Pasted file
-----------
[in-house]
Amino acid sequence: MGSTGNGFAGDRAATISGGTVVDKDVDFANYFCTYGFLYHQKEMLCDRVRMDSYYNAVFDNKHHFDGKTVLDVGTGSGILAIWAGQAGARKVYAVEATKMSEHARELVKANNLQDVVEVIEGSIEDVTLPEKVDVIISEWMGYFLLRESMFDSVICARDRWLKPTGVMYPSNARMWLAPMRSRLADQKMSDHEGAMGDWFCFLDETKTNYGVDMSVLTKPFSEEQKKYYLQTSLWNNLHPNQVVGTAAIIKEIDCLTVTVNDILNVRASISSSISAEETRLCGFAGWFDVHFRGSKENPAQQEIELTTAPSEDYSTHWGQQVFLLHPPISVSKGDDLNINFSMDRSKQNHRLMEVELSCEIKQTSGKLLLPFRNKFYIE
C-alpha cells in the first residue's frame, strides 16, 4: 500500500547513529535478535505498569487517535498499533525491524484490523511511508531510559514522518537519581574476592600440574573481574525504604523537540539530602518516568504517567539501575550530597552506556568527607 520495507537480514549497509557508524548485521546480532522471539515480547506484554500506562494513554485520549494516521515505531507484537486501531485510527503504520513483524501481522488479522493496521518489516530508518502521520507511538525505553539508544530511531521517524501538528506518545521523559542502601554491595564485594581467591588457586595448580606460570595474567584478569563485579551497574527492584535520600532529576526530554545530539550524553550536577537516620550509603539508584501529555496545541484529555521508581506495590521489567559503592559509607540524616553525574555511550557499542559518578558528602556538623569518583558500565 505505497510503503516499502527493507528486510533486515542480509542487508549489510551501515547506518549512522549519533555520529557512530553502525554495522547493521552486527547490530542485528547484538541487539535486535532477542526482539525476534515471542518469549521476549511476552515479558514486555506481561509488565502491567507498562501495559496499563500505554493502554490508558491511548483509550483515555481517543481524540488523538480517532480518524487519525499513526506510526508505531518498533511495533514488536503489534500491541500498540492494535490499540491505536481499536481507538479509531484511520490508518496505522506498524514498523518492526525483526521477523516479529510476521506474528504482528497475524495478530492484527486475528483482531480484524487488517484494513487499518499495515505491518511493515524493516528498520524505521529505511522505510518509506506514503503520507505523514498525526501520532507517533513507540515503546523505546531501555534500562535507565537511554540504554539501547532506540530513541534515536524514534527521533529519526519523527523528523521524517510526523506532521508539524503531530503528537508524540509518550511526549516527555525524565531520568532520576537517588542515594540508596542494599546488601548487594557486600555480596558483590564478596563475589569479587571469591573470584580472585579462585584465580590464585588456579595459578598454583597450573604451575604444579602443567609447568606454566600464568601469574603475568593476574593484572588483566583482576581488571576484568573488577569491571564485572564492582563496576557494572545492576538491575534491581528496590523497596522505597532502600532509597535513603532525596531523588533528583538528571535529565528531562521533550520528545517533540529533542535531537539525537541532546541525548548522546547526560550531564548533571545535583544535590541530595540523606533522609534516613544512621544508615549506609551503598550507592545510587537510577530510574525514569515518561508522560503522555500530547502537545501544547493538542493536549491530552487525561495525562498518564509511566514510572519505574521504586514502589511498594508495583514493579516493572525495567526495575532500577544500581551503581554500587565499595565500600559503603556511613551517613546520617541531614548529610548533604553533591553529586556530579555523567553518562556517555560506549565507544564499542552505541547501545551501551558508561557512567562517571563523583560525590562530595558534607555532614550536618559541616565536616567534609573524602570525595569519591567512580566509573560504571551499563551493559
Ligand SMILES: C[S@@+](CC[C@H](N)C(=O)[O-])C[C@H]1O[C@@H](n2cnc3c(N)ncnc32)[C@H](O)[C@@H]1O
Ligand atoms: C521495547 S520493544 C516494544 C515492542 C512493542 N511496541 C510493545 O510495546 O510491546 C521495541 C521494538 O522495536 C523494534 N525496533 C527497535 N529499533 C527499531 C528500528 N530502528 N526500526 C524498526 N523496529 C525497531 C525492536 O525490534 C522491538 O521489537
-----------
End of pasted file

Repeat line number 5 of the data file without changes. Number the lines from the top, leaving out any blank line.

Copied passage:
Ligand atoms: C521495547 S520493544 C516494544 C515492542 C512493542 N511496541 C510493545 O510495546 O510491546 C521495541 C521494538 O522495536 C523494534 N525496533 C527497535 N529499533 C527499531 C528500528 N530502528 N526500526 C524498526 N523496529 C525497531 C525492536 O525490534 C522491538 O521489537